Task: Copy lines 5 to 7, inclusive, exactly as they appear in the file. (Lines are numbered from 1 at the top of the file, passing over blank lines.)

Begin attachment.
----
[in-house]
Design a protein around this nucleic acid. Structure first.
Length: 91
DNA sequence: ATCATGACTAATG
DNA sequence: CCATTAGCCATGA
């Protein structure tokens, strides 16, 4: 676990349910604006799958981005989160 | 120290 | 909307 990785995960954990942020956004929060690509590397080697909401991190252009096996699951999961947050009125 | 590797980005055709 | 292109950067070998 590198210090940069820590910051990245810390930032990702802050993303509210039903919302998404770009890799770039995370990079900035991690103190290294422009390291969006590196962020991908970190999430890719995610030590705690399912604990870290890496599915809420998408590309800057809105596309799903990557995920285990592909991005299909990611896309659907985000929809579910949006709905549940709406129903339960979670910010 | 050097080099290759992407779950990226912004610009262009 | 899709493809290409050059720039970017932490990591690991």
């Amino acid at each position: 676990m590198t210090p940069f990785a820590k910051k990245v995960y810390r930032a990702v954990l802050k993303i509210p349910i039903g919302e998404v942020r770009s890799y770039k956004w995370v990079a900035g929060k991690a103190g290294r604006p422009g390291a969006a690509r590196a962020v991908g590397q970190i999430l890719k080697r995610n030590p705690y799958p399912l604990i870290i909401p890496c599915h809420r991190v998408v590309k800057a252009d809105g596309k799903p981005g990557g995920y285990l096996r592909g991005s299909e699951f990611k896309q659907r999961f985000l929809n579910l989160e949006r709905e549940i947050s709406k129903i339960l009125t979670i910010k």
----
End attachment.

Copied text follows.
DNA sequence: CCATTAGCCATGA
């Protein structure tokens, strides 16, 4: 676990349910604006799958981005989160 | 120290 | 909307 990785995960954990942020956004929060690509590397080697909401991190252009096996699951999961947050009125 | 590797980005055709 | 292109950067070998 590198210090940069820590910051990245810390930032990702802050993303509210039903919302998404770009890799770039995370990079900035991690103190290294422009390291969006590196962020991908970190999430890719995610030590705690399912604990870290890496599915809420998408590309800057809105596309799903990557995920285990592909991005299909990611896309659907985000929809579910949006709905549940709406129903339960979670910010 | 050097080099290759992407779950990226912004610009262009 | 899709493809290409050059720039970017932490990591690991």
């Amino acid at each position: 676990m590198t210090p940069f990785a820590k910051k990245v995960y810390r930032a990702v954990l802050k993303i509210p349910i039903g919302e998404v942020r770009s890799y770039k956004w995370v990079a900035g929060k991690a103190g290294r604006p422009g390291a969006a690509r590196a962020v991908g590397q970190i999430l890719k080697r995610n030590p705690y799958p399912l604990i870290i909401p890496c599915h809420r991190v998408v590309k800057a252009d809105g596309k799903p981005g990557g995920y285990l096996r592909g991005s299909e699951f990611k896309q659907r999961f985000l929809n579910l989160e949006r709905e549940i947050s709406k129903i339960l009125t979670i910010k």